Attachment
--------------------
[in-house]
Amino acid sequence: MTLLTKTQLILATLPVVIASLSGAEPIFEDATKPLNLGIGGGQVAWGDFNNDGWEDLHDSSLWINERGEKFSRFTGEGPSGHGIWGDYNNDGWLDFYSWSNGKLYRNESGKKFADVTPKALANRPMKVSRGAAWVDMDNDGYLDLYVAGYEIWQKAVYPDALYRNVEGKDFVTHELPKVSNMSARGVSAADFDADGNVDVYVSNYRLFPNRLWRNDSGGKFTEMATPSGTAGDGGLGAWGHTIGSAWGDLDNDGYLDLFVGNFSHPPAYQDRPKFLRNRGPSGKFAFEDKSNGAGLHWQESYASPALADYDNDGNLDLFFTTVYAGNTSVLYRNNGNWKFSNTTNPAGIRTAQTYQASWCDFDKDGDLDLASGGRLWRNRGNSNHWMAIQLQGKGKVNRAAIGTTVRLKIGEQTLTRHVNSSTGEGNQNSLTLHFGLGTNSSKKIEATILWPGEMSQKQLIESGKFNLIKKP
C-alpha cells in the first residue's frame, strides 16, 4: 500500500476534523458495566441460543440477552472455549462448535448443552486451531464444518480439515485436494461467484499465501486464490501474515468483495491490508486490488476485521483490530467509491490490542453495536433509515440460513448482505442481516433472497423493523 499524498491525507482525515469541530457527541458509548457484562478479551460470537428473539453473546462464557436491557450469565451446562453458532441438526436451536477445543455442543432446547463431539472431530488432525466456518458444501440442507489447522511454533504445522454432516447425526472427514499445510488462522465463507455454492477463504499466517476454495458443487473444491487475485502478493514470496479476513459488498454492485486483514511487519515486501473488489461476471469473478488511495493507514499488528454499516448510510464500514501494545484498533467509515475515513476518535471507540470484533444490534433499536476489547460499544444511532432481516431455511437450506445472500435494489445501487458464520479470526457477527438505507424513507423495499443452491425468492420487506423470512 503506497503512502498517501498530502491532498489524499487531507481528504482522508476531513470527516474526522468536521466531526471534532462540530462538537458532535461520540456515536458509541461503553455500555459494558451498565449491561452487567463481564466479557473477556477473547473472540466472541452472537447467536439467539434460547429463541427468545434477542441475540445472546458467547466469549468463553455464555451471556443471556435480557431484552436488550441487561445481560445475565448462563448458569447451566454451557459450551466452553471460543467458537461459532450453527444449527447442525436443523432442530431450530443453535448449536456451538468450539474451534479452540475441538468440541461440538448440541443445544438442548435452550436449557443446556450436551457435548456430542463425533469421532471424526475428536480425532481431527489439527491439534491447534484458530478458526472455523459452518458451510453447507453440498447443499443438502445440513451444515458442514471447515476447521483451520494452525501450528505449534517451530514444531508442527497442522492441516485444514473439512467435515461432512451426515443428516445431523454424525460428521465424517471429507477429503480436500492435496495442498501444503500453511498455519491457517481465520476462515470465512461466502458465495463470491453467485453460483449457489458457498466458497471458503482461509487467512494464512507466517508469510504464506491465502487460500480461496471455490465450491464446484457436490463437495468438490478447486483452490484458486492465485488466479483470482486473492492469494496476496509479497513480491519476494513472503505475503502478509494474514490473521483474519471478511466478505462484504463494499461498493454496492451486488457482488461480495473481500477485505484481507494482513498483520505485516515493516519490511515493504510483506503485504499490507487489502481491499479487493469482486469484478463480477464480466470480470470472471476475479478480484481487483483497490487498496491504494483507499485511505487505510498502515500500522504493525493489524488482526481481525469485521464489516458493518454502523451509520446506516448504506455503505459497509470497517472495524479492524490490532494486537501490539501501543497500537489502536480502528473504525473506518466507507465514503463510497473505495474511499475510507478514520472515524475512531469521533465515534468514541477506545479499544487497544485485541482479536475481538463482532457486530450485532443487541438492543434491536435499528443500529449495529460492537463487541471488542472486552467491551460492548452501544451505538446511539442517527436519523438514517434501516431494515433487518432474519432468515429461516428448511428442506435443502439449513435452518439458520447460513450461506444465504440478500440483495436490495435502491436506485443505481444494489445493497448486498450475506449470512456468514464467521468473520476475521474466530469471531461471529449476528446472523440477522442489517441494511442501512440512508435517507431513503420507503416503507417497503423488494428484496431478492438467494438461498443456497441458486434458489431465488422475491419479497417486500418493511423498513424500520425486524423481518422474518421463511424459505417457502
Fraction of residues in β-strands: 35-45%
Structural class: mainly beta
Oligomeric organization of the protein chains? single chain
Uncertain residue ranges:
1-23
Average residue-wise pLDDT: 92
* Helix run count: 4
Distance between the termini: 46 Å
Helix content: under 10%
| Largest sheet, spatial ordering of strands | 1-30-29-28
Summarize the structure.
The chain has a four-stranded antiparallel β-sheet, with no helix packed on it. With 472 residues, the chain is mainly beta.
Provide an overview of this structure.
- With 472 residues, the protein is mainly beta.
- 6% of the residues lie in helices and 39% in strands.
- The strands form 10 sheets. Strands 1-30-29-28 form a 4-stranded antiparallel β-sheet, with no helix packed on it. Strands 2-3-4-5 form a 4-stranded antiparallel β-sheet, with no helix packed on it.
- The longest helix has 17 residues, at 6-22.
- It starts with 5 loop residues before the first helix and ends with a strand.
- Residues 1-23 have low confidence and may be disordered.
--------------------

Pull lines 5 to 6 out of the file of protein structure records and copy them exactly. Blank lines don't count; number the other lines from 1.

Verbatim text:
Structural class: mainly beta
Oligomeric organization of the protein chains? single chain